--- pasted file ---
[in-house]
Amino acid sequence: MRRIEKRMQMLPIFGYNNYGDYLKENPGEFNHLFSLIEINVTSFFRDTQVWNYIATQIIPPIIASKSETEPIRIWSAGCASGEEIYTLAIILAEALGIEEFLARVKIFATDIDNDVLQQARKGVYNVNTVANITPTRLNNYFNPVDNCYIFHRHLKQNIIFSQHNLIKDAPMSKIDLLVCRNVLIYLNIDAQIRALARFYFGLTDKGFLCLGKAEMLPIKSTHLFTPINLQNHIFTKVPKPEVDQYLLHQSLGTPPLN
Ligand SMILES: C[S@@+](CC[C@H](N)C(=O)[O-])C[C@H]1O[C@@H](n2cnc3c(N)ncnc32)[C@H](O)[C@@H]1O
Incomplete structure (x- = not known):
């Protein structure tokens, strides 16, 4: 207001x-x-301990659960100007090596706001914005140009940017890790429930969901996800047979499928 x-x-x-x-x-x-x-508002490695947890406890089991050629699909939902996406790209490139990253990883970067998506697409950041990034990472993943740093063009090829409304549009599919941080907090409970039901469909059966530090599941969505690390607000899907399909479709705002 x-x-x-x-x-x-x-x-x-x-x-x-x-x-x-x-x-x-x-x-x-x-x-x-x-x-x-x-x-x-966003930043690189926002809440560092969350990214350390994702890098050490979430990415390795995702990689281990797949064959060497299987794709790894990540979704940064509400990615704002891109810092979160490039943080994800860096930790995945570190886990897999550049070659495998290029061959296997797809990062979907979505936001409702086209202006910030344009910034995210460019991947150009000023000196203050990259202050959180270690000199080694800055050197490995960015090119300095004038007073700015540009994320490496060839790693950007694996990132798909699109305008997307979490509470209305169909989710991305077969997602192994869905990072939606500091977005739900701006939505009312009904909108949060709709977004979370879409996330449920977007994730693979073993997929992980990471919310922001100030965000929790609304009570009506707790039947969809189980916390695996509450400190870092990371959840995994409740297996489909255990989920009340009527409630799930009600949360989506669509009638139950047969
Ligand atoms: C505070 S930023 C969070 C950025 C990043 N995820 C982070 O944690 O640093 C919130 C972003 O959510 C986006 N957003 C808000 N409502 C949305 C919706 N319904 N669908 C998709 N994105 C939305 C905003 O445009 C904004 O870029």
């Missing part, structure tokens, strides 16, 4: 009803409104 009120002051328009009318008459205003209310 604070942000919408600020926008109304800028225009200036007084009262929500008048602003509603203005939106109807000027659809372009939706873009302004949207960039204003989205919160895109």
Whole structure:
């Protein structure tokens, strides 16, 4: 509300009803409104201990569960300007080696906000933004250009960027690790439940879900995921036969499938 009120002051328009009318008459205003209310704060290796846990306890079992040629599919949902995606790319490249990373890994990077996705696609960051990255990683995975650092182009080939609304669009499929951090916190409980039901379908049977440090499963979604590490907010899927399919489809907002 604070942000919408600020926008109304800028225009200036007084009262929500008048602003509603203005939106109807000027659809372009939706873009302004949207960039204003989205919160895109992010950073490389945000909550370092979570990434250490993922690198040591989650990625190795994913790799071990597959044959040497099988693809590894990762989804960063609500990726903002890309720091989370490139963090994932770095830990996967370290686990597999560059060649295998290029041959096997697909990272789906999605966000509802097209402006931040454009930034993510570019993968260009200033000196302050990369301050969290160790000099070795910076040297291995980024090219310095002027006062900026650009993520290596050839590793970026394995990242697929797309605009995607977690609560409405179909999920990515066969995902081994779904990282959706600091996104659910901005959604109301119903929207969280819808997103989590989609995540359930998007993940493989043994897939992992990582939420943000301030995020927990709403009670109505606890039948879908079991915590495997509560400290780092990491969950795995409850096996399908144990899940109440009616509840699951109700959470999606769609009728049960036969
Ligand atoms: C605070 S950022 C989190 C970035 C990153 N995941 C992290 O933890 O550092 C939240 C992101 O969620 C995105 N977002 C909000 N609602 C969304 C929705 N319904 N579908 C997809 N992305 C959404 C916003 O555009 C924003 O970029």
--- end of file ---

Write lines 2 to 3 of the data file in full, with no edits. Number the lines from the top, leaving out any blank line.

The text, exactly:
Amino acid sequence: MRRIEKRMQMLPIFGYNNYGDYLKENPGEFNHLFSLIEINVTSFFRDTQVWNYIATQIIPPIIASKSETEPIRIWSAGCASGEEIYTLAIILAEALGIEEFLARVKIFATDIDNDVLQQARKGVYNVNTVANITPTRLNNYFNPVDNCYIFHRHLKQNIIFSQHNLIKDAPMSKIDLLVCRNVLIYLNIDAQIRALARFYFGLTDKGFLCLGKAEMLPIKSTHLFTPINLQNHIFTKVPKPEVDQYLLHQSLGTPPLN
Ligand SMILES: C[S@@+](CC[C@H](N)C(=O)[O-])C[C@H]1O[C@@H](n2cnc3c(N)ncnc32)[C@H](O)[C@@H]1O